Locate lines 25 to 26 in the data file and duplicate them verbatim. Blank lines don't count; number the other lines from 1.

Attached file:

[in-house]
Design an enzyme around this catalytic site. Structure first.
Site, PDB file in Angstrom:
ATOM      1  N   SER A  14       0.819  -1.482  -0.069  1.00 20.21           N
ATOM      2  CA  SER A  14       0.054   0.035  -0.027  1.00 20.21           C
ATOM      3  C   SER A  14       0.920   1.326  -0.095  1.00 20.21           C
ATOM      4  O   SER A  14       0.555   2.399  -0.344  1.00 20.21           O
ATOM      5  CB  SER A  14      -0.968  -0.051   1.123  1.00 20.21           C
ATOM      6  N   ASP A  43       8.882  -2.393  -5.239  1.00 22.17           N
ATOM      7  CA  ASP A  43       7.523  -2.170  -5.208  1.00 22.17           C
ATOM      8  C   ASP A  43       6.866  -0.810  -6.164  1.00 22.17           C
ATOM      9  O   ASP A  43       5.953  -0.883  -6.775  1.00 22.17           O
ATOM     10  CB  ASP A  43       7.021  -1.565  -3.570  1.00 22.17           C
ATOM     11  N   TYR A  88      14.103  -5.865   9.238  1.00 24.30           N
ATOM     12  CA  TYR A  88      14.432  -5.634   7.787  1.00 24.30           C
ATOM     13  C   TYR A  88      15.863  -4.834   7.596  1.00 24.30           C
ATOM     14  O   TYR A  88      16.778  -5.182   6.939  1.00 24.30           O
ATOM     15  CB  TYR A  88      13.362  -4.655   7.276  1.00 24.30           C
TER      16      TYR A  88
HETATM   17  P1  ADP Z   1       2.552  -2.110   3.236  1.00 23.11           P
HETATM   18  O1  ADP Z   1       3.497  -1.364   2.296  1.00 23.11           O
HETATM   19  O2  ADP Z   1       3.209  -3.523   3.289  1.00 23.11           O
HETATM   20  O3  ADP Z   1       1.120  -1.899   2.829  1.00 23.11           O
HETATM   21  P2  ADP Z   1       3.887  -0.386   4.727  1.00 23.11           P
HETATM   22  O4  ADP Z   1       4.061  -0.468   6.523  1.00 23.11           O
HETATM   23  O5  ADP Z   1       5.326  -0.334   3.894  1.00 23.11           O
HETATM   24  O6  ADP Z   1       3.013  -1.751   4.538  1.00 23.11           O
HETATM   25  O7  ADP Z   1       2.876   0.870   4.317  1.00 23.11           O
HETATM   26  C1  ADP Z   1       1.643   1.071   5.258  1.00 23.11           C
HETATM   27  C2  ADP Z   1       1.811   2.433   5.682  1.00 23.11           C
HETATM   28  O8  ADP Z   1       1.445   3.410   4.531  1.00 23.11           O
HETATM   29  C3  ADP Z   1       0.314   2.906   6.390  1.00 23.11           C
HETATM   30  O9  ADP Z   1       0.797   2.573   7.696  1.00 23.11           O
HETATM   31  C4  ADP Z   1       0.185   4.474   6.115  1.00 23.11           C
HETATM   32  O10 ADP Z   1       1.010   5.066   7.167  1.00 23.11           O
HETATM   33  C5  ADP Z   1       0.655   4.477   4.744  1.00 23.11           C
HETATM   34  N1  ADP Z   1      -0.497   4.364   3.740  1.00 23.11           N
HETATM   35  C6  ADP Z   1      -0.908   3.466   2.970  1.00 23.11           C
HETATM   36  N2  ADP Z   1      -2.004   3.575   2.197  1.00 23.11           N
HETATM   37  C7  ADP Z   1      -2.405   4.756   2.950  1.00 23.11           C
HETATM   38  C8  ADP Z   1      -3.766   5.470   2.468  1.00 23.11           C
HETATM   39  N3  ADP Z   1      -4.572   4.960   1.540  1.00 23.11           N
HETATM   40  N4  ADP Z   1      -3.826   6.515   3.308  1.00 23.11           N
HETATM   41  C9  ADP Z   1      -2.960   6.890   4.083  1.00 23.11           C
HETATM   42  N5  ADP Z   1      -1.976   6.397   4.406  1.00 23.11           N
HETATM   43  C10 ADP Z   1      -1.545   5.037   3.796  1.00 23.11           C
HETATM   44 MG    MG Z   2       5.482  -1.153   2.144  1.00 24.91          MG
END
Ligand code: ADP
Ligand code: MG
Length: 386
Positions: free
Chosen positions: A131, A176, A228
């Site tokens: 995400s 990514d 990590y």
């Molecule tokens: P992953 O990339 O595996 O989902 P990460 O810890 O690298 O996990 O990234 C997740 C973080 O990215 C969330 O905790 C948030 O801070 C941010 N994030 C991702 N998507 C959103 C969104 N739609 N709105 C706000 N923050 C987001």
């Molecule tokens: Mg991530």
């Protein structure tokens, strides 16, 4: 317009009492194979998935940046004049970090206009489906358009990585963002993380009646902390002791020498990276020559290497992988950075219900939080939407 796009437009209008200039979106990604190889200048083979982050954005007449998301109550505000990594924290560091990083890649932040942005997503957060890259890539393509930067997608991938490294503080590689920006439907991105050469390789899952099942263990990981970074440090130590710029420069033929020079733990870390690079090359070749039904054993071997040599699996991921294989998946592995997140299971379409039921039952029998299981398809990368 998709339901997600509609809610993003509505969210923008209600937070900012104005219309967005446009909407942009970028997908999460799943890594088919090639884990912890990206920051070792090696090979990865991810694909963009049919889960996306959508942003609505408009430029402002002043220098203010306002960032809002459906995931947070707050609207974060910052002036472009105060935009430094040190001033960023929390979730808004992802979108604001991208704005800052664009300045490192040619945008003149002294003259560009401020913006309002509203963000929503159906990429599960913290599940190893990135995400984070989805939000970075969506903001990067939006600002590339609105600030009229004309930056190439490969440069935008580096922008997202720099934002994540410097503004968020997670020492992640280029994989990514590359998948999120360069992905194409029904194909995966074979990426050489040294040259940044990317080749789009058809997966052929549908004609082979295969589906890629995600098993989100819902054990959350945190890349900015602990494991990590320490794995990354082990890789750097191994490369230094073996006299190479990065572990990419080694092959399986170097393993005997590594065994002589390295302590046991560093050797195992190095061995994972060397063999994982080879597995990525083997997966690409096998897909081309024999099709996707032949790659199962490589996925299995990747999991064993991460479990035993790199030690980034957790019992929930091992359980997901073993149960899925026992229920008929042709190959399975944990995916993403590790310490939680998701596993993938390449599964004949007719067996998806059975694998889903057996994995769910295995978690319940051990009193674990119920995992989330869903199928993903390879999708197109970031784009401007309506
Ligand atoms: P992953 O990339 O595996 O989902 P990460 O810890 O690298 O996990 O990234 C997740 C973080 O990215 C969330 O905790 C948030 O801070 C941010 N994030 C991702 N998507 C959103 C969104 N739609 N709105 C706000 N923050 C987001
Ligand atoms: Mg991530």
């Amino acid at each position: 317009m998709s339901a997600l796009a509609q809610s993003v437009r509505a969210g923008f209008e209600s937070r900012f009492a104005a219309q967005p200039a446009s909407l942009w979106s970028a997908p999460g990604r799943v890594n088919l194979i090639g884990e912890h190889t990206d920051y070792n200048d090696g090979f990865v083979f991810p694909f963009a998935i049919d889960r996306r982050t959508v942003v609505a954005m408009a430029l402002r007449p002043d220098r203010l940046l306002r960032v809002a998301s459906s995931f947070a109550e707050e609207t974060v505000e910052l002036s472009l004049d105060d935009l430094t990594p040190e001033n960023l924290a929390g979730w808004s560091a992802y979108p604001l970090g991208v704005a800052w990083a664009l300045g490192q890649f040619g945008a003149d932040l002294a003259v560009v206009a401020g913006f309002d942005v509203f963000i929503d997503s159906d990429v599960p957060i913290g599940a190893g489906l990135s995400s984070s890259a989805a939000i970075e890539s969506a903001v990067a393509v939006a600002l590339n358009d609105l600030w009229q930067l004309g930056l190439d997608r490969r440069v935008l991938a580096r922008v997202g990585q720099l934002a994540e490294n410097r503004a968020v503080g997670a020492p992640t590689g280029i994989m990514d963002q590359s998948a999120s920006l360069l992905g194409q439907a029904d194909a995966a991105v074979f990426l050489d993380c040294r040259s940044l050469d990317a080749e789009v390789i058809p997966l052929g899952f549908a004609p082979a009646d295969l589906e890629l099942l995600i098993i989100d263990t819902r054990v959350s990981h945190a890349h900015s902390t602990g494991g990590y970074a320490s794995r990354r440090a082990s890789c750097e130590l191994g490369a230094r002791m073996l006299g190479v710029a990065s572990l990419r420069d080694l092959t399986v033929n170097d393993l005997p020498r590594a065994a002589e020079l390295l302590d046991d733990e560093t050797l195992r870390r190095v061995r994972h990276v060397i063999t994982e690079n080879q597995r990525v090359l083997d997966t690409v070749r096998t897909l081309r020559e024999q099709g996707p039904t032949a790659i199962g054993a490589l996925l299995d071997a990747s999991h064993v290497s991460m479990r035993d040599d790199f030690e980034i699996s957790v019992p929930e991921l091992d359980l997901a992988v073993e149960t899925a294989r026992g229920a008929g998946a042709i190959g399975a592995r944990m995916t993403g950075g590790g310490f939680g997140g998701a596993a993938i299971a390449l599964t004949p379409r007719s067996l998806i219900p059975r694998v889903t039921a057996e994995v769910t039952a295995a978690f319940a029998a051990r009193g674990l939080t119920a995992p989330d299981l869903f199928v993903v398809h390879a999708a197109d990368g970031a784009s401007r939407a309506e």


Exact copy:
HETATM   22  O4  ADP Z   1       4.061  -0.468   6.523  1.00 23.11           O
HETATM   23  O5  ADP Z   1       5.326  -0.334   3.894  1.00 23.11           O